We are running an experiment using pigeons that will teach us about resurgence after extinction. Previous studies, such as Leitenberg et. al (Leitenberg et. al, 1970), have shown that it is possible for a behaviour that has been previously extinguished to have a sudden resurgence and become prevalent again. Podlesnik et. al, (Podlesnik et. al, 2006) attempted to re-create this experiment, and found the same results, the rats relapsed and returned to their previously extinct behaviour.
The intended outcome of this study is resurgence, this means that we are looking for a behaviour that has been previously extinct. A real-world example of this would be when a drug addict goes to rehab they are no longer doing drugs so the first behaviour, drugs, has been extinct and replaced by an alternate behaviour, therapy. Then once they get out they are no longer performing the alternate behaviour, they go back to the extinct behaviour.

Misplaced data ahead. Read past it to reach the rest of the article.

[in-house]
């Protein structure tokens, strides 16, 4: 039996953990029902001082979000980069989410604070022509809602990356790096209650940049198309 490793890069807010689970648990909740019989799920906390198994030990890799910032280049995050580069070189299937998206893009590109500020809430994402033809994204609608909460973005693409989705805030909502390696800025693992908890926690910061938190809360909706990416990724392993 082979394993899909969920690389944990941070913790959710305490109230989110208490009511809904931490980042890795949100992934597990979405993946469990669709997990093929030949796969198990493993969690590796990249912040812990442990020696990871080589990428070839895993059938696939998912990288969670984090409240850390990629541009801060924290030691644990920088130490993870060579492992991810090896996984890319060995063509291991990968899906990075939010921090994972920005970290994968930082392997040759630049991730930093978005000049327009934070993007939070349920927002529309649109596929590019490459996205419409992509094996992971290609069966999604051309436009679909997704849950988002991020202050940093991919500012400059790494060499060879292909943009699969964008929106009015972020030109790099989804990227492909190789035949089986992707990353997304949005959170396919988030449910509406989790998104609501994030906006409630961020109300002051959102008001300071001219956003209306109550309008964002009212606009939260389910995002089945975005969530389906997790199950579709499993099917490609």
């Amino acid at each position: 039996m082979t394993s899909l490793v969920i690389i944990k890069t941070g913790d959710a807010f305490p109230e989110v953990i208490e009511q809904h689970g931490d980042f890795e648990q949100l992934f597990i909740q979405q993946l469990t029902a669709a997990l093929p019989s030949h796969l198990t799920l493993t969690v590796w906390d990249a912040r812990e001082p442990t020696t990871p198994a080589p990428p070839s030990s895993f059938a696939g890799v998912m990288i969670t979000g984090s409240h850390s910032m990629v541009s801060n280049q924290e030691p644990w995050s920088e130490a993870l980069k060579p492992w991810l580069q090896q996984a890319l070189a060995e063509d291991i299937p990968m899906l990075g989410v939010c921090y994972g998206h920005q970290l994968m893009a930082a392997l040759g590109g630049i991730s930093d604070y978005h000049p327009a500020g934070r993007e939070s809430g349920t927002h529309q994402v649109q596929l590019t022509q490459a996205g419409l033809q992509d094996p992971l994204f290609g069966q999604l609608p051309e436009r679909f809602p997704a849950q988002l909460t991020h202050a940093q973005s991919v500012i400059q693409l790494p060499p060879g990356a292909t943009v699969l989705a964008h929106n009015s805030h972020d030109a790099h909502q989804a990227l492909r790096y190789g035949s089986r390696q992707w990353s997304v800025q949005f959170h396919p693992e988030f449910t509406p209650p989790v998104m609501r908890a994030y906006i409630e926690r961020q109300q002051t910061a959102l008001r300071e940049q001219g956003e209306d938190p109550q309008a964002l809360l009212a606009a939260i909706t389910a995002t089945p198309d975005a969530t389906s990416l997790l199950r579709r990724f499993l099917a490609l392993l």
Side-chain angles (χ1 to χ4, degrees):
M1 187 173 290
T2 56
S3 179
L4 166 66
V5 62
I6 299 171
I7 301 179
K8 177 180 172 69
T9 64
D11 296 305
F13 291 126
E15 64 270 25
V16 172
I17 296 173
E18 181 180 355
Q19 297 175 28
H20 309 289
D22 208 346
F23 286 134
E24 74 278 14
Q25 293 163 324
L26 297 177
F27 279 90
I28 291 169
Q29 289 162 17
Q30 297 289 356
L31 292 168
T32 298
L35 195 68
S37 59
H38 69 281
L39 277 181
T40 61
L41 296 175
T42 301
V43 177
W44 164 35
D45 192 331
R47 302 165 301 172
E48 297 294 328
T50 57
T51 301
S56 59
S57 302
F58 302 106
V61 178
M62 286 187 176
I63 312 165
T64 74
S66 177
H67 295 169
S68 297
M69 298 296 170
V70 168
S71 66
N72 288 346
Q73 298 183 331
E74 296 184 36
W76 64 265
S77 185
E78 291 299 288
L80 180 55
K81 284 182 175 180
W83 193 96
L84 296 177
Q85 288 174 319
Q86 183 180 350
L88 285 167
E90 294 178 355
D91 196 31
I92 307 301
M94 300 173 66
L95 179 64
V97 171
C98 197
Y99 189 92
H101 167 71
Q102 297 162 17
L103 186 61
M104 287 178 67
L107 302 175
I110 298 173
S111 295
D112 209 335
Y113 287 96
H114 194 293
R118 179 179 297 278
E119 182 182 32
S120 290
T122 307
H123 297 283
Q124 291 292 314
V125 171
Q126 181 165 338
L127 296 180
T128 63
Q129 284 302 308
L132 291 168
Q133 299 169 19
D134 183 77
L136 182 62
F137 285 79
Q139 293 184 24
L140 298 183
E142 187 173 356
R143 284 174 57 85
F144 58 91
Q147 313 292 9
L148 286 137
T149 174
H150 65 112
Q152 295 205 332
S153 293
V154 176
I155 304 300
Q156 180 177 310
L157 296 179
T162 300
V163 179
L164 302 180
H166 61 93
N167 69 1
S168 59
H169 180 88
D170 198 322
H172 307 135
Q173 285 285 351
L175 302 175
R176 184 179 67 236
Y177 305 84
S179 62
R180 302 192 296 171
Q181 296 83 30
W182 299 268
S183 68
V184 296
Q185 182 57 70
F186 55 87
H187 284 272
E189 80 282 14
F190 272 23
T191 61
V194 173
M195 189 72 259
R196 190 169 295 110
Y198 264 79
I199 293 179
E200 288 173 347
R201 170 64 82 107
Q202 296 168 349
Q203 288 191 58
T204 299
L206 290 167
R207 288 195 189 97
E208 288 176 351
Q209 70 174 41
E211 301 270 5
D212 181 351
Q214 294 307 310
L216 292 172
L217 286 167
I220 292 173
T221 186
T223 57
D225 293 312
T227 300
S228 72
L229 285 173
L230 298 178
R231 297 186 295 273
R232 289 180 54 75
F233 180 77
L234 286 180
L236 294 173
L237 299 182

Leitenberg and Podlesnik used rats, and like us, Leitenberg used food as a reinforcer, whereas Podlesnik used alcohol. Also unlike us they used only two …show more content…
In condition two, the first behaviour was put on extinction, that key no longer produced reinforcers no matter how many times it was pecked, and at the same time a new VI 30s schedule was trained on a different key. For condition three, the second VI 30s schedule was put on extinction and a third VI 30s schedule was introduced, again on a different key. Also during condition three, responses on the key used for condition one were closely monitored as it is during this condition that we are watching for any resurgence on the key where the first condition took place. For the fourth and final condition, all reinforced behaviours are put on extinction, and as well as watching for resurgence from condition one, we are now also looking for resurgence on condition